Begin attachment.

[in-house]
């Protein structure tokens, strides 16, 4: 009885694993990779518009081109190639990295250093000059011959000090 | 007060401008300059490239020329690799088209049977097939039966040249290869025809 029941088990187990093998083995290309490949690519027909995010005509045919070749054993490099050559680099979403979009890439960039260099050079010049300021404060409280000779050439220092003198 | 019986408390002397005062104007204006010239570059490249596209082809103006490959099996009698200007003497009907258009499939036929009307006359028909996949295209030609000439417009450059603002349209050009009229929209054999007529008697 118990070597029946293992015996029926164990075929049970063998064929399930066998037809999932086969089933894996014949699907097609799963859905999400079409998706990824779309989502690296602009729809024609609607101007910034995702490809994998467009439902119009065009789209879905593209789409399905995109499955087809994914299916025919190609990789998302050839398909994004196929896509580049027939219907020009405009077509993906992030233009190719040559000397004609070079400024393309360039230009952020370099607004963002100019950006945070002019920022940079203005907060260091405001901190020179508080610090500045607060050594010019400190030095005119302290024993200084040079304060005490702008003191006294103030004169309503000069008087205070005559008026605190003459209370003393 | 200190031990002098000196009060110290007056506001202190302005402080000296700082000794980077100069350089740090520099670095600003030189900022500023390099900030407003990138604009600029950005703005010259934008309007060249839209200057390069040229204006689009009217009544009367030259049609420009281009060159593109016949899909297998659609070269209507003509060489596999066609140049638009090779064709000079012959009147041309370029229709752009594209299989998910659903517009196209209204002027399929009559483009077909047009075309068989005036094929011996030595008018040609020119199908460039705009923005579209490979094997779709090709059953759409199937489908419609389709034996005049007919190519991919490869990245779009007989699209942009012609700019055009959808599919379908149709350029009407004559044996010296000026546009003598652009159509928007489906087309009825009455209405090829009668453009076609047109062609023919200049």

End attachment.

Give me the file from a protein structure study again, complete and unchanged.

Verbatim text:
[in-house]
């Protein structure tokens, strides 16, 4: 009885694993990779518009081109190639990295250093000059011959000090 | 007060401008300059490239020329690799088209049977097939039966040249290869025809 029941088990187990093998083995290309490949690519027909995010005509045919070749054993490099050559680099979403979009890439960039260099050079010049300021404060409280000779050439220092003198 | 019986408390002397005062104007204006010239570059490249596209082809103006490959099996009698200007003497009907258009499939036929009307006359028909996949295209030609000439417009450059603002349209050009009229929209054999007529008697 118990070597029946293992015996029926164990075929049970063998064929399930066998037809999932086969089933894996014949699907097609799963859905999400079409998706990824779309989502690296602009729809024609609607101007910034995702490809994998467009439902119009065009789209879905593209789409399905995109499955087809994914299916025919190609990789998302050839398909994004196929896509580049027939219907020009405009077509993906992030233009190719040559000397004609070079400024393309360039230009952020370099607004963002100019950006945070002019920022940079203005907060260091405001901190020179508080610090500045607060050594010019400190030095005119302290024993200084040079304060005490702008003191006294103030004169309503000069008087205070005559008026605190003459209370003393 | 200190031990002098000196009060110290007056506001202190302005402080000296700082000794980077100069350089740090520099670095600003030189900022500023390099900030407003990138604009600029950005703005010259934008309007060249839209200057390069040229204006689009009217009544009367030259049609420009281009060159593109016949899909297998659609070269209507003509060489596999066609140049638009090779064709000079012959009147041309370029229709752009594209299989998910659903517009196209209204002027399929009559483009077909047009075309068989005036094929011996030595008018040609020119199908460039705009923005579209490979094997779709090709059953759409199937489908419609389709034996005049007919190519991919490869990245779009007989699209942009012609700019055009959808599919379908149709350029009407004559044996010296000026546009003598652009159509928007489906087309009825009455209405090829009668453009076609047109062609023919200049």